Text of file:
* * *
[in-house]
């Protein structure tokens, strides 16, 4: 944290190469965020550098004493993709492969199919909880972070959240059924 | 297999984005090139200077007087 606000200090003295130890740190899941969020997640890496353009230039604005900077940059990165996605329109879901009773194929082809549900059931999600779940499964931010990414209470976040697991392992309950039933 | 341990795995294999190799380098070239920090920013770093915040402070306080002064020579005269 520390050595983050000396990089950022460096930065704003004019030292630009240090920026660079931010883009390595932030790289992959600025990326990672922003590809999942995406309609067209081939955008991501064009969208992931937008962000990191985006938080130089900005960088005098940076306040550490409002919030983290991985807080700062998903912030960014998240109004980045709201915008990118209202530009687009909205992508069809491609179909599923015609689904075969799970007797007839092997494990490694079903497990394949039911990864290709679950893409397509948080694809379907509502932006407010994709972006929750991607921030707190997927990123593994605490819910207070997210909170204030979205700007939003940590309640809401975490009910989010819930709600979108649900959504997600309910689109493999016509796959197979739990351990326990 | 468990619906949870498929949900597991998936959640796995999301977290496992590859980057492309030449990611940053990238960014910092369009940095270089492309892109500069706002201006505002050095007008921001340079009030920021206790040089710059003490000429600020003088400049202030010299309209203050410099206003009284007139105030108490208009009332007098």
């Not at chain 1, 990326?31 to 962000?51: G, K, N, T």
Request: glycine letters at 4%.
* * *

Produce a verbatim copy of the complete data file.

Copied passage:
[in-house]
């Protein structure tokens, strides 16, 4: 944290190469965020550098004493993709492969199919909880972070959240059924 | 297999984005090139200077007087 606000200090003295130890740190899941969020997640890496353009230039604005900077940059990165996605329109879901009773194929082809549900059931999600779940499964931010990414209470976040697991392992309950039933 | 341990795995294999190799380098070239920090920013770093915040402070306080002064020579005269 520390050595983050000396990089950022460096930065704003004019030292630009240090920026660079931010883009390595932030790289992959600025990326990672922003590809999942995406309609067209081939955008991501064009969208992931937008962000990191985006938080130089900005960088005098940076306040550490409002919030983290991985807080700062998903912030960014998240109004980045709201915008990118209202530009687009909205992508069809491609179909599923015609689904075969799970007797007839092997494990490694079903497990394949039911990864290709679950893409397509948080694809379907509502932006407010994709972006929750991607921030707190997927990123593994605490819910207070997210909170204030979205700007939003940590309640809401975490009910989010819930709600979108649900959504997600309910689109493999016509796959197979739990351990326990 | 468990619906949870498929949900597991998936959640796995999301977290496992590859980057492309030449990611940053990238960014910092369009940095270089492309892109500069706002201006505002050095007008921001340079009030920021206790040089710059003490000429600020003088400049202030010299309209203050410099206003009284007139105030108490208009009332007098």
């Not at chain 1, 990326?31 to 962000?51: G, K, N, T």
Request: glycine letters at 4%.